I want to mention one other DIY, too. Chandler and I can’t take too much credit for this one, but we do feel a sense of second-hand pride. We use a curio cabinet in our living room to house our books and knick-knacks. I wanted a wood cabinet with a glass front mainly because I abhor dusting (it’s the same reason I display my perfume under glass cloches from the craft store). I found this cabinet at a home a friend was restoring. It was left by the previous homeowner, but it was missing a curved glass piece. She offered it to me at a steal, but I didn’t realize curved glass had to be custom ordered at an astronomical cost and that no local glass company offered the repair service.
I finally found a company that would let you mail a template of the broken piece to get a quote for special order fabrication. I enlisted the help of my friend Robbie Ashurst, who has experience working on and designing theatre sets, to create the template. When he got there, he suggested we just repair it with sturdy, but flexible plexiglass like the kind they use on sets. I was skeptical and thought it would look cheap, but just two hours and $50 later, he repaired it, and no visitor is none the wiser that it isn’t glass.
Biggest Indulgence: Our large gilded mirror from the 1920s in our bedroom was a splurge. During the uncertain summer of 2020, one of the only outings I would make would be to my favorite antique store that was never crowded on a weekday. I saw the mirror that was hidden in a corner, covered with other items in front of it. It was out of my price range, but I always kept my eye on it every visit as the vendor marked it down slowly. By 2021, it was the right price for me, so I snagged it. I’ve learned to always ask the origin of an item because I like to collect information on antiques just as much as I love to collect the actual items. Although the mirror inside is new, the frame is more than 100 years old and came out of a church in a neighboring town.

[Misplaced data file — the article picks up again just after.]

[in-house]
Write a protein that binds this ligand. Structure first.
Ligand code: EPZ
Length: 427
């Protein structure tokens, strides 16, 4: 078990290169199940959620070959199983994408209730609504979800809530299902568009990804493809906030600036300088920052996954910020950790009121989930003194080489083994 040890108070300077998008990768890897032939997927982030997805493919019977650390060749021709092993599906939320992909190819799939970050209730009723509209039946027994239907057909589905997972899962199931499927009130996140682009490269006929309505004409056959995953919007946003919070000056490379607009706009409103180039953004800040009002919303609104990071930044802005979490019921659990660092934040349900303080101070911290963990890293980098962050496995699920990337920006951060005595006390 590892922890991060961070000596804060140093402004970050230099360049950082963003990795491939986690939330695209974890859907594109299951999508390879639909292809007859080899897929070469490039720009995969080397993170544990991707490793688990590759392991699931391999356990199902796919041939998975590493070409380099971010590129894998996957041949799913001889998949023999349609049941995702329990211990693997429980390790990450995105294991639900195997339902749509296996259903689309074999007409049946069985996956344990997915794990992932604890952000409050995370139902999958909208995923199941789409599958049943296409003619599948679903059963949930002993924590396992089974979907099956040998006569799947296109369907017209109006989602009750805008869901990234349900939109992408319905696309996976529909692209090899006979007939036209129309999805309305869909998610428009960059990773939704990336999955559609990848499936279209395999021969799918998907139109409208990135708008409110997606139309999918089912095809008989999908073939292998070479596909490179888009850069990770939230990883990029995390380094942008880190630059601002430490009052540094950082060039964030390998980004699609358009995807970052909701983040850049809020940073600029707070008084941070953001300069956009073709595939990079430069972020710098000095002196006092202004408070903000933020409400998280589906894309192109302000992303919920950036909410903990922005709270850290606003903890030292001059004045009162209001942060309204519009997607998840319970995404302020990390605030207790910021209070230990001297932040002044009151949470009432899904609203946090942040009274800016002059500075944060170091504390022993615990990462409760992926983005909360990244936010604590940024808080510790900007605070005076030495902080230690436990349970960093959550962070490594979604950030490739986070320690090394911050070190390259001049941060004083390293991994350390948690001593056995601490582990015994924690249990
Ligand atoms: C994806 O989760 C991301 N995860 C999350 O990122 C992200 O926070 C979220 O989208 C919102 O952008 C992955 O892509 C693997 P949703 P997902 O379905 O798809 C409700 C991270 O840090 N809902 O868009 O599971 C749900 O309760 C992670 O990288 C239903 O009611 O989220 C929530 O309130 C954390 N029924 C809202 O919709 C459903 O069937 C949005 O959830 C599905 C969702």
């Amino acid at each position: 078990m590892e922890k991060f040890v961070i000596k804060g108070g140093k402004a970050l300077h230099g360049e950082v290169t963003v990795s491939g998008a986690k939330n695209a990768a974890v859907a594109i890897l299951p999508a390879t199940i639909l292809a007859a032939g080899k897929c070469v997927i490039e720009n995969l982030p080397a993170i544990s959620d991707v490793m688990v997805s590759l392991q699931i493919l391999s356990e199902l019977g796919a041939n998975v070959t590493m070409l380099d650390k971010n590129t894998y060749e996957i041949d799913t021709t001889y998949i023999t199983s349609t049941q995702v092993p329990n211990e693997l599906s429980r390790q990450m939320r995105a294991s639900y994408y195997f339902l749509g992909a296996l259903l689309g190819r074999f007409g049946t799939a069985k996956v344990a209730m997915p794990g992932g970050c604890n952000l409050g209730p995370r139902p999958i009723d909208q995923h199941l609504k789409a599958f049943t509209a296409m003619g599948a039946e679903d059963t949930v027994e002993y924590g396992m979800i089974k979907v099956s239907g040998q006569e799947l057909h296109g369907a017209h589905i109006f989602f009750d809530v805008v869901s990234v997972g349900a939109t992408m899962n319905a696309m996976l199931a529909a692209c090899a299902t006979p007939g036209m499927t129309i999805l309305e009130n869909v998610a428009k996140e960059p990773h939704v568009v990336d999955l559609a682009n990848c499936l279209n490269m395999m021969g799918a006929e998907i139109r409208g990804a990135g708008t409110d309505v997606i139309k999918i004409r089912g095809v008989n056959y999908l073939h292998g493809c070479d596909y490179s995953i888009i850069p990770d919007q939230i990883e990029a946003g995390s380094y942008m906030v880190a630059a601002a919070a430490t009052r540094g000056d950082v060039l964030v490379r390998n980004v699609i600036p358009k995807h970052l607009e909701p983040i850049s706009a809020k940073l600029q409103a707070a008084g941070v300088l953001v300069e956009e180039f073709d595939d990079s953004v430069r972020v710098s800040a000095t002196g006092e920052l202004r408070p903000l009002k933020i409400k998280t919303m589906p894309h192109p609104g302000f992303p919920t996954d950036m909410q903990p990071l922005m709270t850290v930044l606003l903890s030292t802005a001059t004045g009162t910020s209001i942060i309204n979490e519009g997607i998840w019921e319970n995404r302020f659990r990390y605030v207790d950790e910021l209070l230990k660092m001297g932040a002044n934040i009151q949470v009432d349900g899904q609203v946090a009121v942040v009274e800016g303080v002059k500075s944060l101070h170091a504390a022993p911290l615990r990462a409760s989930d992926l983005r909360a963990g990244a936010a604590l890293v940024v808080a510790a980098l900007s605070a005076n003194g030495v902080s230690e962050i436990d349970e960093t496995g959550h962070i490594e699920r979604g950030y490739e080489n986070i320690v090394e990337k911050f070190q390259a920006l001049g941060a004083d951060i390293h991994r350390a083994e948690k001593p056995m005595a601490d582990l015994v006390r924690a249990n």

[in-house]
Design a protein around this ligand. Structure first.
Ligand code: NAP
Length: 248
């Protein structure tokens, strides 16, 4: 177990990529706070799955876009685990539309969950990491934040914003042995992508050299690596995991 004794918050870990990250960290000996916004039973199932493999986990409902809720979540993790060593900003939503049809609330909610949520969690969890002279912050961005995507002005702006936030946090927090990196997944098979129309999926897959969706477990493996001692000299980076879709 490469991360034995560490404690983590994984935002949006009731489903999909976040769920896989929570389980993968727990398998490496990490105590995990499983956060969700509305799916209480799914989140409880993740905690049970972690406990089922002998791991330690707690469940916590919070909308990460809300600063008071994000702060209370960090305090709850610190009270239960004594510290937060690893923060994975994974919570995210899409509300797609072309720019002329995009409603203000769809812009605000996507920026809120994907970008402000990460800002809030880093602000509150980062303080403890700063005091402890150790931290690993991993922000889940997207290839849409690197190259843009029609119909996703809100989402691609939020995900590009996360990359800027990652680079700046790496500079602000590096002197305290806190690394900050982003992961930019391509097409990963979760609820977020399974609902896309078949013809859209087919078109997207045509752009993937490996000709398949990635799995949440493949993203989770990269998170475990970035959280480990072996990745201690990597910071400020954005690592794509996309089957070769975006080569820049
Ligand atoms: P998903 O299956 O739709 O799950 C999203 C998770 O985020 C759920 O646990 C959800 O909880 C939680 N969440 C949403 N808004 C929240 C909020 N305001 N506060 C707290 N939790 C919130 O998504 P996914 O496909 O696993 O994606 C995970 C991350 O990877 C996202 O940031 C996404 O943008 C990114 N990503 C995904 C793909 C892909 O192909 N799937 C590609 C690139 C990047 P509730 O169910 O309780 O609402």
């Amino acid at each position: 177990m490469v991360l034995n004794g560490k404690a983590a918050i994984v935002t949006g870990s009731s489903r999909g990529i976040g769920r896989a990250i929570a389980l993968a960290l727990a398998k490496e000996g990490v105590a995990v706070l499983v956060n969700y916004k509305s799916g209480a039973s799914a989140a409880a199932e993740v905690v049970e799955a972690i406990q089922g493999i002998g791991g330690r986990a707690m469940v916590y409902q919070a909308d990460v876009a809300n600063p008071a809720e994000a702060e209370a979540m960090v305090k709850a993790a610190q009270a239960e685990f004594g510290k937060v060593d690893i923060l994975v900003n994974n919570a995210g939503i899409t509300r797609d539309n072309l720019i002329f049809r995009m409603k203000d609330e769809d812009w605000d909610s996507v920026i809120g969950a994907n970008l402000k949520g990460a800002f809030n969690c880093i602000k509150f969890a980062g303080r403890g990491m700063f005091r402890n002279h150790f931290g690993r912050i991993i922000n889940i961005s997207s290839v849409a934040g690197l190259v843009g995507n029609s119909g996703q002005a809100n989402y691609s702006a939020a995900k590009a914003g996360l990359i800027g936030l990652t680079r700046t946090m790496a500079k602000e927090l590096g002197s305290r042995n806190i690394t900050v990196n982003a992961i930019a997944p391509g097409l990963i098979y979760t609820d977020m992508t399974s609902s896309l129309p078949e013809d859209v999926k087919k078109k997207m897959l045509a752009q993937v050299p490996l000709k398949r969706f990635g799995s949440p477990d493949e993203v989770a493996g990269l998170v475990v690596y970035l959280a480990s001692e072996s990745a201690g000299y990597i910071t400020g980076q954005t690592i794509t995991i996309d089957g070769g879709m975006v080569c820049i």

Is there something unique about your home or the way you use it? One of our favorite parts of living here is the community porch upstairs outfitted with a porch swing and patio furniture. We’ve chatted over countless bowls of popcorn, glasses of limoncello, and negronis with our neighbors and friends many times up there. Since one of our best friends lives in the unit upstairs, we recently hosted a progressive dinner party that started with a cocktail hour in our unit and ended with a meal in his unit.
What are your favorite products you have bought for your home and why? I recently discovered Santa Maria Novella products, which come from an apothecary that has been operating from the same spot in Florence, Italy since 1360. I luckily discovered their products only one week before I visited Florence when I went to a Sundance store. I saw these beautiful rose-scented wax tablets to freshen closets in the store, and the sales associate told me all about the beautiful perfumery in Florence that looks as ornate as a church built in the Renaissance. I of course made the pilgrimage there when I visited. I think it is one of my favorite places on earth now, and I’ve dubbed it Perfume Heaven. They carry home scents, perfume, and lotion that hold historical significance. For example, you can purchase the same cologne that Caterina de’ Medici commissioned for the king of France in 1533.
Please describe any helpful, inspiring, brilliant, or just plain useful small space maximizing and/or organizing tips you have: If you lack storage, figure out how to maximize surface space without making it look cluttered and a headache to dust. Beautiful storage containers like vintage hatboxes and glass cloches make dusting a breeze and are easy on the eyes.
Finally, what’s your absolute best home secret or decorating advice? Using contrasting materials and textures in your home creates a balanced look. In pretty much every room, I aim to mix cast iron, mirrors, glass, marble, wood, and linen. Also, don’t sleep on the craft store. I’ve picked up beautiful accessories for our home at Michael’s, like apothecary jars to house bath salts, large white feathers, taper candles, pillar candles with pressed dried flowers, and glass cloches. Also, you can bring an antique frame, and Michael’s will install your art with matting and new glass.
This house tour’s responses were edited for length and clarity.